Best Things Since Sliced Bread
I love kitchen gadgets! If I had my way, I’d have a giant kitchen with every gadget known to man. But alas, we all have to live within our limits. Still, there are some very cool products that must be tried.
This little gadget is my all-time favourite. Avocados are loaded with nutritional value; among other things, they’re high in polyunsaturated fat, fiber and vitamin K. But man, they’re not easy to use! This all-singing/dancing tool cuts the fruit in half, removes the pit and slices the flesh. If you get one, you’ll wonder how you managed before it.
My brother’s wife bought a Sodastream several years ago; I tried it once while visiting them but wasn’t terribly impressed, to be honest. Maybe it was just the flavour she made.
Fast-forward a few years and my consumption of canned and bottled Fresca (my all-time favourite soda), Diet Coke and soda water was starting to weigh on me. I was shocked at the number of trips I had to make to dump bottles and cans in the recycling chute. Better late in life than never, I turned a new leaf and focused on ways to reduce my environmental footprint, starting with a Sodastream Fizzi. The way I looked at it, I could at least make soda water rather than buy it. And if I could replicate Fresca and Diet Coke or at least come close, bonus! As it turns out, Diet Coke was easy – the Sodastream diet cola flavour mix is almost a dead-ringer. Fresca, on the other hand, has eluded me. But that was a first-world problem; I sucked it up, buttercup, and got used to the Sodastream pink grapefruit flavour. Now the odd Fresca is a treat but not a necessity.
I strongly suggest you give Sodastream (or anything similar) a try. Especially after the COVID-19 pandemic, it’s painfully clear that we humans are slowly but surely destroying the earth, and it needs a break.
This little hydroponic growing station is truly one of the best things since sliced bread – especially for apartment-dwellers! My youngest son gave me one as a gift. (He had seen my sad attempt to grow herbs the traditional way, in pots on the window ledge.)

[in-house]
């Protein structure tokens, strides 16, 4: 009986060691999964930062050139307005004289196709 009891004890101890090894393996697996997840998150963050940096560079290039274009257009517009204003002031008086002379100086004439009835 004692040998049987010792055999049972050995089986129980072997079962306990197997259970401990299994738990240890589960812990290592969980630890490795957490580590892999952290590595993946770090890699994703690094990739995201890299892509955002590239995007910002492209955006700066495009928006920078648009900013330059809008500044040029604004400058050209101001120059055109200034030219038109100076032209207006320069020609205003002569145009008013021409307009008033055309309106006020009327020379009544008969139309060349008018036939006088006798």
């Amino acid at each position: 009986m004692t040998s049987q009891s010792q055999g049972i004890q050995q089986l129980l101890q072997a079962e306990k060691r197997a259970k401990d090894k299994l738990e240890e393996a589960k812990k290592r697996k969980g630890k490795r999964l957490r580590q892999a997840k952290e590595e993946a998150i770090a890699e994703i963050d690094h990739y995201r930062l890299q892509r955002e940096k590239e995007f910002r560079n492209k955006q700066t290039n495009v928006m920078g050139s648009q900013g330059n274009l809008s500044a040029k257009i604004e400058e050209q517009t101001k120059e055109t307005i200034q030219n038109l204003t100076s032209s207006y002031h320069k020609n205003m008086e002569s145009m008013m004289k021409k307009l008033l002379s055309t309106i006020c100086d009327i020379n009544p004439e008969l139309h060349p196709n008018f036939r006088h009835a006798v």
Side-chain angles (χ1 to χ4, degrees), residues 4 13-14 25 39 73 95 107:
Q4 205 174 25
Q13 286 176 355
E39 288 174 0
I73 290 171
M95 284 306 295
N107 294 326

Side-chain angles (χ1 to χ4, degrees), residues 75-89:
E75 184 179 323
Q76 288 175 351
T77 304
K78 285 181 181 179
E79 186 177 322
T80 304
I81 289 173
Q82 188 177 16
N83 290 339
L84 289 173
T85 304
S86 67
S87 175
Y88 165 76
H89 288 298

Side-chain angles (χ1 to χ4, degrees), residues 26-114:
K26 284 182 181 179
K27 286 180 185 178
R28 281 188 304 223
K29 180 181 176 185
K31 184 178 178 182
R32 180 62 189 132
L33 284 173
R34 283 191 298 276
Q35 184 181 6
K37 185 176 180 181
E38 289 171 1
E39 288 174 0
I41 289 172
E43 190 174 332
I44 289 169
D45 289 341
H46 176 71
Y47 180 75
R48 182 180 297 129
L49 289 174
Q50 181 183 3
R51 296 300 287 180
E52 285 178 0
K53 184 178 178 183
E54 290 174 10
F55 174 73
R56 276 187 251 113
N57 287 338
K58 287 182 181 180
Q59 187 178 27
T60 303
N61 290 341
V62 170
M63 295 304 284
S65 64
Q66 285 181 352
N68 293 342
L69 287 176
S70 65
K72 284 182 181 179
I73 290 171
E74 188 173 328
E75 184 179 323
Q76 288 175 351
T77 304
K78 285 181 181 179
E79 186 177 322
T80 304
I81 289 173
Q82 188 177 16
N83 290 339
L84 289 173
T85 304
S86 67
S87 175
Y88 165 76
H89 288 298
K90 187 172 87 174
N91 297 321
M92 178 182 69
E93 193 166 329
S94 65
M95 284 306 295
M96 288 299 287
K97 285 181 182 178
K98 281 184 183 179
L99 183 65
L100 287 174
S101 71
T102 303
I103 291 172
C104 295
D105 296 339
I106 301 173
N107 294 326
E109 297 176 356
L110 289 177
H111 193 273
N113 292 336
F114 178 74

There are several different versions; the one I have came with 6 herb-seed pods, but you can grow lots of different things in the Aerogarden – herbs, vegetables and even flowers. The LED grow light is programmed to come on 15 hours a day, and the unit tells you when to add water or plant food. It’s truly fool proof. The only downfall (another first-world problem) is that the herbs are so prolific, it’s hard to use them fast enough. So I freeze them, give them away, etc.
Whipped Cream Dispenser
When I was a kid, it became crystal clear that I had a penchant for certain dairy products – namely milk (we had Holstein cows until I was 11), butter and whipped cream. Before my mother discovered margarine – which I understand was considered a wonder-product back in the day – our family used butter like everyone else. Apparently, as a toddler, I would reach across the table, grab a fistful of butter and blissfully shove it in my mouth. Can you blame me? I still love butter but of course have to regulate my intake.
As I got older, I distinctly remember many extended-family dinners, usually including my Nana, Aunt Ruth and Uncle Bruce, that featured dessert topped with whipped cream. My mom would stand at the counter forever with the beaters, whipping, whipping, whipping. Not me! Several years ago, friends gave me the birthday gift that just keeps on giving. There are many different makes but the one I have is made by iSi. All you do is pour 35% whipping cream into it (and you can add vanilla, sugar, or whatever you like), screw in a CO2 cartridge, and voila! Not only is it dead-simple, it’s a terrific party demonstration ☺
Steamer vs. Iron
Is the classic iron really needed anymore? I’m sure there are some Martha Stewarts out there that still iron everything including their bed sheets (and good on you if you’re one of them!) but I think most people have given up on that model of the perfect homemaker. Still, we all have clothes that just don’t magically emerge from the dryer in ready-to-wear condition. Don’t know how to iron or don’t have the patience or time? A steamer is the perfect solution. Just hang up the item and magically remove the wrinkles in minutes. The one I have – by Rowenta – is easy to use and works very well.
Garlic Peeler & French Ceramic Grater